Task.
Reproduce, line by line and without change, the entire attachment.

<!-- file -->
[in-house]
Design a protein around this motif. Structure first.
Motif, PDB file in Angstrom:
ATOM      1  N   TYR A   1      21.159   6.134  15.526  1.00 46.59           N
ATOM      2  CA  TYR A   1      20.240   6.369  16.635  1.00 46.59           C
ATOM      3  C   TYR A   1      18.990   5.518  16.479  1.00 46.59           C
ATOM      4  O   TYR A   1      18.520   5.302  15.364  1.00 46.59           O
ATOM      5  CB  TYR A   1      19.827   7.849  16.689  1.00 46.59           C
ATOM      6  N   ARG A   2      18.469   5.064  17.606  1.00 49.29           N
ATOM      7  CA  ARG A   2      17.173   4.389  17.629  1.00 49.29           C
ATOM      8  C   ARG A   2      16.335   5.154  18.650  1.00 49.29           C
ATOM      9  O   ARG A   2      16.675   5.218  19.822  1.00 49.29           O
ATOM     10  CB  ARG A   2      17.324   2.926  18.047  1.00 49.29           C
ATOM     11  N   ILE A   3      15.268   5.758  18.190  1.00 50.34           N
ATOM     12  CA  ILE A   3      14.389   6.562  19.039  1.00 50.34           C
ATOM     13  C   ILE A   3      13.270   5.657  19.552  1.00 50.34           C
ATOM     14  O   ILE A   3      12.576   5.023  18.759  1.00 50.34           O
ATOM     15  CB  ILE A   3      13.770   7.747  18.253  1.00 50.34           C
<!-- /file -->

[in-house]
Design a protein around this motif. Structure first.
Motif, PDB file in Angstrom:
ATOM      1  N   TYR A   1      21.159   6.134  15.526  1.00 46.59           N
ATOM      2  CA  TYR A   1      20.240   6.369  16.635  1.00 46.59           C
ATOM      3  C   TYR A   1      18.990   5.518  16.479  1.00 46.59           C
ATOM      4  O   TYR A   1      18.520   5.302  15.364  1.00 46.59           O
ATOM      5  CB  TYR A   1      19.827   7.849  16.689  1.00 46.59           C
ATOM      6  N   ARG A   2      18.469   5.064  17.606  1.00 49.29           N
ATOM      7  CA  ARG A   2      17.173   4.389  17.629  1.00 49.29           C
ATOM      8  C   ARG A   2      16.335   5.154  18.650  1.00 49.29           C
ATOM      9  O   ARG A   2      16.675   5.218  19.822  1.00 49.29           O
ATOM     10  CB  ARG A   2      17.324   2.926  18.047  1.00 49.29           C
ATOM     11  N   ILE A   3      15.268   5.758  18.190  1.00 50.34           N
ATOM     12  CA  ILE A   3      14.389   6.562  19.039  1.00 50.34           C
ATOM     13  C   ILE A   3      13.270   5.657  19.552  1.00 50.34           C
ATOM     14  O   ILE A   3      12.576   5.023  18.759  1.00 50.34           O
ATOM     15  CB  ILE A   3      13.770   7.747  18.253  1.00 50.34           C